A few years back I featured a special groove on my DVD, The Zen of Drumming, called “The Octopus.” It’s a one-bar pattern that utilizes 22 individual sound sources, and it had become a much-requested favorite from my solo drumming appearances.
By special request, I’m including two different videos here… and a bit of a behind-the-scenes explanation:
First, just to get a vibe on what this thing is all about, here’s a quick 43-second excerpt from the DVD that shows just the groove performed.
I spent the better part of 10 years – through most of the 90’s and into the 2000’s – earning my living primarily as a solo drum guy. I did hundreds of clinics and exhibitions, and tons of shows with my own instrumental funk-rock power trio, mainly around North America. It was a grand period of my life.
Part of what you have to do as an educator, or proponent of the drumming arts – however you want to call it – is constantly dig deeper into the how and why of what you do. And part of my message, which extends all the way back to the mid-80’s when I first started doing drum shows, is that you always start with something basic, then expand from there.
“The Octopus” is kind of an extreme example of this concept. It’s based around a particular sticking pattern that one could play with great effect on a mere two sound sources… but that really takes on a new life when split up over 22, on a drum set that includes nine individual foot pedals. It’s a statement on what an ultra-expansive approach might mean to a basic musical idea. And – perhaps most importantly –it is, to my ears, joyously musical and not something you hear everyday.
The Less-Is-More Culture
Of course, the more common approach is the good ol’ “less-is-more” vibe, and I do understand this. More often than not, we creative folks find that, indeed, less is more. That’s largely how great editors help writers, or great producers help musicians. By pointing out ways that we can “tighten up” on this paragraph, or that second verse, we find that the story or song is actually more impactful to the reader or listener… even when it feels like a creative amputation is taking place when we have to lose the excess!
This is a great Truth in the creative process, but it’s not an absolute Truth… although I get the impression that many might disagree with me.
Ya see, back in the grand and glorious 70’s, 80’s and early 90’s, excess was a common part of the creative landscape, particularly where music was concerned. For example, you could go to a number of different kinds of concerts and see the drummer play an “excessively” long drum solo, often on an “excessively” large drum kit. It was part of the culture. (I’m not saying it was all great… I’m just saying it was an acceptable part of the landscape.)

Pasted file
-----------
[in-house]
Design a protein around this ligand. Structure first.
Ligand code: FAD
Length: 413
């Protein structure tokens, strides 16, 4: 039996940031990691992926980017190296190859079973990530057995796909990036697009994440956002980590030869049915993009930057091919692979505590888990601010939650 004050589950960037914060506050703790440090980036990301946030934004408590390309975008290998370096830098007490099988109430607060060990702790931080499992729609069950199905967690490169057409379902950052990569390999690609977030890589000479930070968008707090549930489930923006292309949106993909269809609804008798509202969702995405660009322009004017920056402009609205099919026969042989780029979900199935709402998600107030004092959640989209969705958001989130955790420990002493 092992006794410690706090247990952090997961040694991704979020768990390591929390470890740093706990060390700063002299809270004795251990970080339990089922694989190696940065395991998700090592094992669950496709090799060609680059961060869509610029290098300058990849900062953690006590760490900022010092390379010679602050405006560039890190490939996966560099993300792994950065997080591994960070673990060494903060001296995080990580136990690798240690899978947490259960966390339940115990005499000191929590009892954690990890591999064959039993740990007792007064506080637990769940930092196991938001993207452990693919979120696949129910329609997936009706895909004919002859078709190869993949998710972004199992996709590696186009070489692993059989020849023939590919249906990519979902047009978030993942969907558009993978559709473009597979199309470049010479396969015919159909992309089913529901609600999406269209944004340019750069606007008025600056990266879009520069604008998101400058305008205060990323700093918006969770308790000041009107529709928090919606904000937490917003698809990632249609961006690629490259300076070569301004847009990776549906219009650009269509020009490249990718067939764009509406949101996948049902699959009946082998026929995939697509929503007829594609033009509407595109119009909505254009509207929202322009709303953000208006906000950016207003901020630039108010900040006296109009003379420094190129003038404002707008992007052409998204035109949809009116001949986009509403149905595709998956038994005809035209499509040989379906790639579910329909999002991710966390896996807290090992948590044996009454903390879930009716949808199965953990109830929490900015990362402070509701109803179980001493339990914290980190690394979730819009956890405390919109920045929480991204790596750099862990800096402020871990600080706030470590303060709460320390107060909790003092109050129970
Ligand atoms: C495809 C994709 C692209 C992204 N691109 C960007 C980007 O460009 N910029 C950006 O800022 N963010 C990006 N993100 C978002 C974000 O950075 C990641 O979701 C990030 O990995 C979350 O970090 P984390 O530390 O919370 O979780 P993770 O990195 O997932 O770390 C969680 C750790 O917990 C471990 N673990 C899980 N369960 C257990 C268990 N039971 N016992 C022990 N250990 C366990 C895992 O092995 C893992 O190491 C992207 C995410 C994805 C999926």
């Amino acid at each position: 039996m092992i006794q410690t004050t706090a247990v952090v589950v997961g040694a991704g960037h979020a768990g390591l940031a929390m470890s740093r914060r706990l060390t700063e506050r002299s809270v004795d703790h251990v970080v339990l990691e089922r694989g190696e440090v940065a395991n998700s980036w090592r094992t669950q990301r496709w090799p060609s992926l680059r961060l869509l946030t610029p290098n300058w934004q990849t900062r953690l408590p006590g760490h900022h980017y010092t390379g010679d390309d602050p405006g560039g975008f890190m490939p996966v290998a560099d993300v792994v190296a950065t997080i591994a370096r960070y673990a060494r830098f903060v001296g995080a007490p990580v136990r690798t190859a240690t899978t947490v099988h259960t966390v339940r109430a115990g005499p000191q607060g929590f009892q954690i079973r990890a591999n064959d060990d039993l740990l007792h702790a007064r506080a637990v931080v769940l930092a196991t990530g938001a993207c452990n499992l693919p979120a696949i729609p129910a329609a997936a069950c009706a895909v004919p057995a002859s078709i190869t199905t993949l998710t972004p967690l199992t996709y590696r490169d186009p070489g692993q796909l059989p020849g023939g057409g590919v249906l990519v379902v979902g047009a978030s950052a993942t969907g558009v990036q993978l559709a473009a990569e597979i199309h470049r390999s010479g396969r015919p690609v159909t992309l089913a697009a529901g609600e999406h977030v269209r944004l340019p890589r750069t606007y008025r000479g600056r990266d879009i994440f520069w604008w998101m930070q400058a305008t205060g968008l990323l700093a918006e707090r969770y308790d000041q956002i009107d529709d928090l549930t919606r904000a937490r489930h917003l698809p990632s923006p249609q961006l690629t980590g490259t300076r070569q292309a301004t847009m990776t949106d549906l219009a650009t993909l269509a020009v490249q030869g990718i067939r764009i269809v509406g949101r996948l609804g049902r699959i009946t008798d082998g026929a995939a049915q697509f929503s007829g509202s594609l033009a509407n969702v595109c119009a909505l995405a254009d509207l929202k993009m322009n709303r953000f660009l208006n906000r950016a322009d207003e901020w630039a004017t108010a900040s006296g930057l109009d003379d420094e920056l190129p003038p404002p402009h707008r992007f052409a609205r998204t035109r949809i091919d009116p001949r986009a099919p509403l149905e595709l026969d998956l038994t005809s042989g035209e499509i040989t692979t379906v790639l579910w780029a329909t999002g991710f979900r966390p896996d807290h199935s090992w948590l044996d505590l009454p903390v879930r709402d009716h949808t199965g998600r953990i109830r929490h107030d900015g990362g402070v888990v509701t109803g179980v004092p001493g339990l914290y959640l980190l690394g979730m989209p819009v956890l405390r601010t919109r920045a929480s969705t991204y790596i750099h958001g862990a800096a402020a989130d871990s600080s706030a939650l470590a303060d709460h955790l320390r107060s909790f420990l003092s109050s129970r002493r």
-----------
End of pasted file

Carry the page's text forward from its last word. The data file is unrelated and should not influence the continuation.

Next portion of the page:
Then, as it always happens, the pendulum swung the other way and it seemed like the opposite became the norm. Instead of large drum sets, these understated “Ringo Starr” type kits were suddenly everywhere. Instead of the long drum solo or guitar solo – NO solos became the norm. And with this new “norm,” (which, by the way, has been with us for a couple decades now), came – in many cases – an underlying snootiness toward anyone still interested in larger, bigger and longer. (Believe me, I know about this first hand… although it obviously never really bothered me.)
So my point is this: it’s truly all good, and both polarities – the less and the more – are great to have in the ol’ arsenal. These days, the touring world is largely about using back-line gear at concerts, since most of our travel is done by plane. So the “less-is-more” thing works fine, both as a simplistic approach to playing rock music, and a matter of logistics.
But… there is always something to be said for seeing how the other side lives. And to just dismiss something you perceive at first glance as extreme or superfluous is a bit short-sighted and limiting in my view. Why not have the “more” approach as an option? For drummers, what could it hurt to consider how a second snare drum or some Latin percussion additions may be just the thing for a particular song. And who says your audience wouldn’t enjoy a 90-second “percussive interlude” somewhere in the set? (We just saw Bruno Mars open his show with a drum solo at the Superbowl this year, for Christ sakes!) Even for writers, maybe that wordy paragraph that over-describes should be left in. (Works for King and Dickens.) Maybe the cadence of the narrative would be heightened to great effect in that instance, who knows?
So the question could be: How could more be better here?
I have a feeling that the creation of my latest thing – alphabet drumming – would not be in the discussion had that question not been asked!
In closing, here’s an excerpt from the DVD that deconstructs The Octopus for you:
PS. This is blog #4 of my 20-blogs-in-30 days series for June 2014. Thanks for reading….